I imagine the velvety feel of her black ears as I stare into penetrating warm, brown eyes in a picture of our black lab. I hear her seldom, one syllable bark reserved only for a stranger, or cat that gets too close to her feed pan. I see her heavy tail thumping rapidly and two front feet prancing when I call her “My pretty girl.” It's all a memory since I haven't seen her for a week now.
By Brenda Black
By Brenda Black
She disappeared last Sunday roaming unknown territory. We've searched and called and canvassed the area to no avail. The Scriptures say “Hope deferred makes the heart sick...” (Proverbs 13:12a). I truly believe it. Every day that I fix binoculars on the miles of open pasture, prairie and wooded acres in hopes of spying our pet, my heart weighs heavier and my hope wanes.
Then, I have to wonder, is it hope I've lost or patience I lack. And if I still hope for things not yet seen, but don't have the patience to wait for its appearing, I'm sure to miss many miraculously ordained events.
“Patience is the best remedy for every trouble,” says Roman comic dramatist Titus Maccius Plautus. Saint Augustine adds, “Patience is the companion of wisdom.”
These philosophers tell you of Patience' virtues, but I think Helen Keller better conveys how we come to learn and adopt a patient personality. “We could never learn to be brave and patient, if there were only joy in the world.”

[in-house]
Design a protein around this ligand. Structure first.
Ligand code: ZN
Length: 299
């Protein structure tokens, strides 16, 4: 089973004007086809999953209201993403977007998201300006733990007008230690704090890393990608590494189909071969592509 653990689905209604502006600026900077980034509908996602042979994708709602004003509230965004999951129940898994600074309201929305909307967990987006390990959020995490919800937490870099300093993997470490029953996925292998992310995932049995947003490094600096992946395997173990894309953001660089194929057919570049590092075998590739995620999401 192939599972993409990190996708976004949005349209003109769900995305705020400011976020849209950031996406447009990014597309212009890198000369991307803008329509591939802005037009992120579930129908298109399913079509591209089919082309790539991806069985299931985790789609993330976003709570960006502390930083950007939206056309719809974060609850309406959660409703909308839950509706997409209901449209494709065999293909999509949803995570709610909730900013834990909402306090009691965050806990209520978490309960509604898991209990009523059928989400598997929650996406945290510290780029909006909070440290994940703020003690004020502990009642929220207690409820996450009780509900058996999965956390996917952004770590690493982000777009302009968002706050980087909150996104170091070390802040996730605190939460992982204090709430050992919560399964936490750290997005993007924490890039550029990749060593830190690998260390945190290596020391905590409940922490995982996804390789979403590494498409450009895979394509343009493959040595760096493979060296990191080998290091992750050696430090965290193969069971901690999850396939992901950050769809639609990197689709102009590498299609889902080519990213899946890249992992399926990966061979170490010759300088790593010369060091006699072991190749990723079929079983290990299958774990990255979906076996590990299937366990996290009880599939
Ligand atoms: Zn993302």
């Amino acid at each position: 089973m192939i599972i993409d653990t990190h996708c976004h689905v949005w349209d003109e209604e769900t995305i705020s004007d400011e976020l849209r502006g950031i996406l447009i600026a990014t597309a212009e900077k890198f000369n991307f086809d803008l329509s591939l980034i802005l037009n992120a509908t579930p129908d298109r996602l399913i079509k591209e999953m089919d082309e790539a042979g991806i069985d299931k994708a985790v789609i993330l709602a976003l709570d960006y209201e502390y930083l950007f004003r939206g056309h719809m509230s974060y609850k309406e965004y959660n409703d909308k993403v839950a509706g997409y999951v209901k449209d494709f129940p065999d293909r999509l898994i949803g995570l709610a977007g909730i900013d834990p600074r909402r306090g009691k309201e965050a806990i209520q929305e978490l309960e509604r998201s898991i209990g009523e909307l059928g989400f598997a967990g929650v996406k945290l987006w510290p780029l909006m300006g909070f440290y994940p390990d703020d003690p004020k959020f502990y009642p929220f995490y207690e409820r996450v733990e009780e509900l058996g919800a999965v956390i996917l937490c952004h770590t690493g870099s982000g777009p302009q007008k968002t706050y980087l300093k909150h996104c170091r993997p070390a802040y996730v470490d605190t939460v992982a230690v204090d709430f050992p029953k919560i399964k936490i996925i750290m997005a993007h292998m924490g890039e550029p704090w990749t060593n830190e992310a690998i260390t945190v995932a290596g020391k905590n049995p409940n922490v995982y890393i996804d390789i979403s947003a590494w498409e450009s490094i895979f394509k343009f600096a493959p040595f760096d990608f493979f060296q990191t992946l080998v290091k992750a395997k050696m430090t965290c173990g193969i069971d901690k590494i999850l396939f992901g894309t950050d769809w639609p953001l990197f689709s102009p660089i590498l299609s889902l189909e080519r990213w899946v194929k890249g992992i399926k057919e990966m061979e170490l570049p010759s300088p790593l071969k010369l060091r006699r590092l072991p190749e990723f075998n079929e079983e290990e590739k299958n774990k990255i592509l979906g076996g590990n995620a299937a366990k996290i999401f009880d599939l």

In the trial and in the sadness, we have no choice but to wait for better days. When answers come slowly to questions that gnaw through our brains, we can only wait.
Hope and patience. Patient hope. Hopeful patience. Is one possible without the other. The book of Lamentations ties them closely together.
“I remember my affliction and my wandering, the bitterness and the gall. I well remember them, and my soul is downcast within me. Yet this I call to mind and therefore I have hope: Because of the Lord's great love we are not consumed, for his compassions never fail. They are new every morning; great is your faithfulness.
“I say to myself, 'The Lord is my portion; therefore I will wait for him.' The Lord is good to those whose hope is in him, to the one who seeks him; it is good to wait quietly for the salvation of the Lord.
“It is good for a man to bear the yoke while he is young. Let him sit alone in silence, for the Lord has laid it on him. Let him bury his face in the dust – there may yet be hope. Let him offer his cheek to one who would strike him, and let him be filled with disgrace. For men are not cast off by the Lord forever. Though he brings grief, he will show compassion, so great is his unfailing love. For he does not willingly bring affliction or grief to the children of men.
“To crush underfoot all prisoners in the land, to deny a man his rights before the Most High, to deprive a man of justice – would not the Lord see such things? Who can speak and have it happen if the Lord has not decreed it? Is it not from the mouth of the Most High that both calamities and good things come?” (Lamentations 3:19-38)
Sometimes life is sad and often it is hard. But, as Helen Keller taught, the absence of joy at times can be our closest encounter with the fruit of the Spirit. The Apostle Paul told the Romans:
“We know that the whole creation has been groaning as in the pains of child birth right up to the present time. Not only so, but we ourselves, who have the firstfruits of the Spirit, groan inwardly as we wait eagerly for our adoption as sons, the redemption of our bodies. For in this hope we were saved. But hope that is seen is no hope at all. Who hopes for what he already has? But if we hope for what we do not yet have, we wait for it patiently.” (Romans 8:22-25)
From missing pets to a mansion in paradise, patient hope profits me best.
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